This is a photo of my Grannie facing her Sweet Shop. Today would of been Grannie's 104th birthday. I love you Grannie and miss you so much.
The papers are Basic Grey wassail collection. I hand cut the flowers and leaves on the top and the big rose to slip her photo in. I wanted to match the flowers on her hat so I used florals from M's. Snipped the stems off and removed the plastic do-dads. Added some buttons (Grannie had the best button collection) It's hard to see but the charm is a cherub looking at Grannie. This is my 1st lay out where I tried distressing. Thank you Doreen for your encouragement! Your right, it is FUN! LOL!
The journaling is typed out on the back it reads:
My Grannie was born Albina Garabaldi to Italian immigrants in Colma, California, on September 26, 1905. Colma was settled mostly by Italians and was a lovely little farming village. It is now mostly known as Cemetery City. The farms are now residential communities.
When Albina, their only daughter came after two sons, her parents had an established vegetable and flower nursery, which later was expanded by her two older and one younger brother. The Garibaldi boys wined and dined with San Francisco politicians.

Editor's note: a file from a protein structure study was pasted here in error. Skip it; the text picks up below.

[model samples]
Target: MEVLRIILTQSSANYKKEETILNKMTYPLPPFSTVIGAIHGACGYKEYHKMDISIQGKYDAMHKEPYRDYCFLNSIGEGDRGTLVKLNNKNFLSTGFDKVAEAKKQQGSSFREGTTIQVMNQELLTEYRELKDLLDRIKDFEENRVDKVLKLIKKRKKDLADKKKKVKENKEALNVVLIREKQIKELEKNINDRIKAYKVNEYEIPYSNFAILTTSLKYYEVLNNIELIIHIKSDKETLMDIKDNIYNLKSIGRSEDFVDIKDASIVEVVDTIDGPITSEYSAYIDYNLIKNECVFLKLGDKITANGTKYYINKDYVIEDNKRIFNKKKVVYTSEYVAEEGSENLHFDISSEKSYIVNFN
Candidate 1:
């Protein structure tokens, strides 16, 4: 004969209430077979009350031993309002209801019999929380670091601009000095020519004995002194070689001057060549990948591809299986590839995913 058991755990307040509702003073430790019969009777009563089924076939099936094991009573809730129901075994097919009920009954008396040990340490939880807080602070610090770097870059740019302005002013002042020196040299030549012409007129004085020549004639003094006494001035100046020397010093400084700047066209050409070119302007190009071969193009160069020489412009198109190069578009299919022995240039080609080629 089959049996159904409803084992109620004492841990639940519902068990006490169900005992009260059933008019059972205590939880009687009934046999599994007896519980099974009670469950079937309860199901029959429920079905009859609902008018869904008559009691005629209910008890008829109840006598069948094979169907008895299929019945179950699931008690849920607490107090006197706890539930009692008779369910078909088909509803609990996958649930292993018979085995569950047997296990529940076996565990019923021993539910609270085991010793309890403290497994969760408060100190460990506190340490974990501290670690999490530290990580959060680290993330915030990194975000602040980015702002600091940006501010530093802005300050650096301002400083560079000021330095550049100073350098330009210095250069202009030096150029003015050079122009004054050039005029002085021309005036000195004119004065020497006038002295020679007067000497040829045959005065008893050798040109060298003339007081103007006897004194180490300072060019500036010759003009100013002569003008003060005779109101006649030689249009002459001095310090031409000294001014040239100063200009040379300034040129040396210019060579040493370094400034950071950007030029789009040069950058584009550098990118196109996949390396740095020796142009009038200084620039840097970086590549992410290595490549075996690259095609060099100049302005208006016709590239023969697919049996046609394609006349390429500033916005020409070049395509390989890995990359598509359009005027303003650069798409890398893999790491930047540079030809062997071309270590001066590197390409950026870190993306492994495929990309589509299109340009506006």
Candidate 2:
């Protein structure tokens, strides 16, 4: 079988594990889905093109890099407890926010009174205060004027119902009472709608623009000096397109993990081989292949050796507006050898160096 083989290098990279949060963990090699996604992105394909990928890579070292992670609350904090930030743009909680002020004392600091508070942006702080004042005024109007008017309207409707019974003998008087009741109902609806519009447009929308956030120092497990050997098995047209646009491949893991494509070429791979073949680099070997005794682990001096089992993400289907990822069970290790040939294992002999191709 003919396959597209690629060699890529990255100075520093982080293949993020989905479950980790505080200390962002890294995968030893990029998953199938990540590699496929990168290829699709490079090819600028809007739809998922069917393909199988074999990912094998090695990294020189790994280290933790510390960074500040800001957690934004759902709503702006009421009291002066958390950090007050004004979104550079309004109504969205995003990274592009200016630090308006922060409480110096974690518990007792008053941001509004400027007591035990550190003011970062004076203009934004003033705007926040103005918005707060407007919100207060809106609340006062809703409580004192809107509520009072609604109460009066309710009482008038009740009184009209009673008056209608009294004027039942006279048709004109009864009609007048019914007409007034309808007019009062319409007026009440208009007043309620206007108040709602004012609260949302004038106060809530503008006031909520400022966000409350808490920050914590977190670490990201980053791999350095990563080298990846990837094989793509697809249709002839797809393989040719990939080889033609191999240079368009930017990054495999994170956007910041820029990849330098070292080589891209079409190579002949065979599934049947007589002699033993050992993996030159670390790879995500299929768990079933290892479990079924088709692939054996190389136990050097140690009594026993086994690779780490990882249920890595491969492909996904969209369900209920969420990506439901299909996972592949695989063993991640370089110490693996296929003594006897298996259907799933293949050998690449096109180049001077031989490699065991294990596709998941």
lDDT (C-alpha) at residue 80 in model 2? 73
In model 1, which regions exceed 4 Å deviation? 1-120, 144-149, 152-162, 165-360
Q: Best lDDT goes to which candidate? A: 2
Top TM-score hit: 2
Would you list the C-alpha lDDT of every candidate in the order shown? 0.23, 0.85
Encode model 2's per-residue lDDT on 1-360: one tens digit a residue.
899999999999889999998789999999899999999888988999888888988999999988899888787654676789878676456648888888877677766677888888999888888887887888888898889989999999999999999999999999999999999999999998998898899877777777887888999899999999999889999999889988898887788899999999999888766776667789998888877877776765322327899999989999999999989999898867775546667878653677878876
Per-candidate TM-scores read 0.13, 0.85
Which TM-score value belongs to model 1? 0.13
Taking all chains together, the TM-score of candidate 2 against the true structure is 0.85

Albina grew up among the flowers. She attended Jefferson Grammar School, attended San Mateo High school. She commuted on the old #40 streetcar. Sickness interfered with her completing San Mateo High School. When she recovered, she studied dressmaking and millinery in San Francisco.
By then, the family owned extensive property on Mission Road, which became Colma's shopping center in the 1930's. Her parents and brothers built and ran the local Colma Theater and stores on both sides. Albina became proprietress of the Colma Sweet Shop beside the theater. She made wonderful soda's, floats, rich milkshakes and malts using creamy milk for 15 cents, banana splits and sundaes for 25 cents. The glassed chocolate counter held fancy boxed and trays of loose chocolate and jars of hard candy for the theater goers. Her shop was the local meeting place with it's tabled booths along the walls, it's revolving stools along the marble fountain counter, it's round ice cream tables and wire back chairs in center. People filled the place before and after the old silent movies.
Albina's favorite sport was swimming. One of her customers was red-haired George Volkman, a star baseball player. Sutro Baths at the San Francisco Cliff House provided their first dates. She became a June bride on the 9th in 1928. The wedding celebration took place at Lochen Gardens, Colma. The tables groaned with homemade ravioli's, fritata's, roast, chicken, turkey, salads, french bread, appetizer's and wine. Toasts to the couple went on and on, as did the accordion band.
George and Albina lived in Colma until 1950, when they moved to Burlingame, California. George commuted to 29th and Mission daily to where he worked as a butcher in a popular German shop. Albina became a gourmet cook and specialty gardener at home.
Their one and only child, my father, Robert George was born January 24, 1931.